July 1, 2013 - In an article for ASCD’s Education Leadership, noted family engagement expert and author of Beyond the Bake Sale: The Essential Guide to Family-School Partnerships, Anne Henderson, challenges school leaders to build strong relationships with their families over the summer months by planning a Community Walk, a signature activity pioneered by the Tellin’ Stories Project of Teaching for Change. Read More.
After nine years at Orr Elementary (DCPS) in Washington, D.C.’s historic Fairlawn neighborhood, principal Michelle Edwards has retired to forge a new path in her career. Three years ago, Mrs. Edwards invited the Tellin’ Stories Project of Teaching for Change to partner with Orr Elementary and develop a comprehensive family engagement program. She worked closely with Teaching for Change’s parent organizers and Orr’s staff, teachers, and parents to build a welcoming, inclusive school climate at Orr that supports student learning and meaningful parent engagement. Mrs. Edwards will truly be missed at Orr Elementary.
For many schools, parent-teacher conferences, back-to-school night, and report card day are the only attempts to bring parents and teachers together. Typically, these meetings do little to foster sustainable parental engagement and sometimes the format even hinders meaningful collaboration.Teaching for Change’s Tellin’ Stories initiative offers a powerful alternative with its signature activity, parent-teacher grade level dialogues. Grade level dialogues are structured conversations between parents and teachers regarding students’ academic success.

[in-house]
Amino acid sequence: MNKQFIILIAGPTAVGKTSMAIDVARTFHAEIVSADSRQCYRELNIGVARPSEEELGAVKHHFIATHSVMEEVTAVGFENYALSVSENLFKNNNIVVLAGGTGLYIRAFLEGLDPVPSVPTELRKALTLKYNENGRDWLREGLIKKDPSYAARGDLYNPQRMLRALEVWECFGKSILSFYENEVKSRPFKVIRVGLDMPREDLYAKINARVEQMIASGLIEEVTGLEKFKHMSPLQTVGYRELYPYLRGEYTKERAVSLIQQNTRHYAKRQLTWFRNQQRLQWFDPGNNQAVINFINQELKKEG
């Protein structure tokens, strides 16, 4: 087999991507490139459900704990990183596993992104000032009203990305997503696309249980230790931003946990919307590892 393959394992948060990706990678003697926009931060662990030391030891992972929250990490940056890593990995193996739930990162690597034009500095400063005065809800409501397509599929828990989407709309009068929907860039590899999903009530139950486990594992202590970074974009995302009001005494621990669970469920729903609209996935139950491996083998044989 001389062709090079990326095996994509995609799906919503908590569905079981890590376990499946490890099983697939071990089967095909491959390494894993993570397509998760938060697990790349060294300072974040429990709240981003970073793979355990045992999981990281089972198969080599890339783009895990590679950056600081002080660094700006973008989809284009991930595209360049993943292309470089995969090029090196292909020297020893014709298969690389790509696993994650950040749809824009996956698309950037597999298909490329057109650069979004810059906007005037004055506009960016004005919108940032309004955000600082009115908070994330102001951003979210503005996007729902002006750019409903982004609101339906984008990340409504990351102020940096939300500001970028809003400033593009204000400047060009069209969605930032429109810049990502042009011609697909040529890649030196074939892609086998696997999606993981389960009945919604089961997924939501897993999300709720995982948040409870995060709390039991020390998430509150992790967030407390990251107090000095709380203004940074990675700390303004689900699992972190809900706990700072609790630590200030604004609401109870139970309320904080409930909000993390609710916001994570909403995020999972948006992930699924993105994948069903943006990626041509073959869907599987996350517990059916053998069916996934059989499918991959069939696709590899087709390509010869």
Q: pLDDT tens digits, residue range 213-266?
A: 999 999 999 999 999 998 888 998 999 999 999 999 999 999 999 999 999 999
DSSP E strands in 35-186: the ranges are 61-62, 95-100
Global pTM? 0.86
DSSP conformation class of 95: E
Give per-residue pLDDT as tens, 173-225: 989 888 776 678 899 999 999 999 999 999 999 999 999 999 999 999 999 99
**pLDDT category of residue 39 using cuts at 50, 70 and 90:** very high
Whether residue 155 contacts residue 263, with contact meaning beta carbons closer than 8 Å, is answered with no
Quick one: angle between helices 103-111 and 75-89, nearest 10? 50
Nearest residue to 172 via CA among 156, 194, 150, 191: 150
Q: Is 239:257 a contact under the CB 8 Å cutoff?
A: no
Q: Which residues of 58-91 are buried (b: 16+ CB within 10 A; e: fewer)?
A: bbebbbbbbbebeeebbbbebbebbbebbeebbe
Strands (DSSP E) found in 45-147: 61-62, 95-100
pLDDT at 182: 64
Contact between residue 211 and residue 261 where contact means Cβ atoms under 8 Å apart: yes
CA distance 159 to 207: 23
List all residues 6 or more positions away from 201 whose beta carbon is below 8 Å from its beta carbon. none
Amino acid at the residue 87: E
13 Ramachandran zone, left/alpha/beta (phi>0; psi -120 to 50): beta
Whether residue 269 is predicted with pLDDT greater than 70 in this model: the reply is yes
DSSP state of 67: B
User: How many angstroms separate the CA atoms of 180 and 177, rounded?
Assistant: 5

Teaching for Change was successful in our to effort to help E.L. Haynes Public Charter School (in D.C.) expand and deepen parent engagement. Over the course of six weeks in the fall of 2010, parents created a quilt depicting their hopes and dreams for their children. E.L. Haynes was one of two schools selected in D.C. to demonstrate and document our approach to parent engagement in 2010-2011.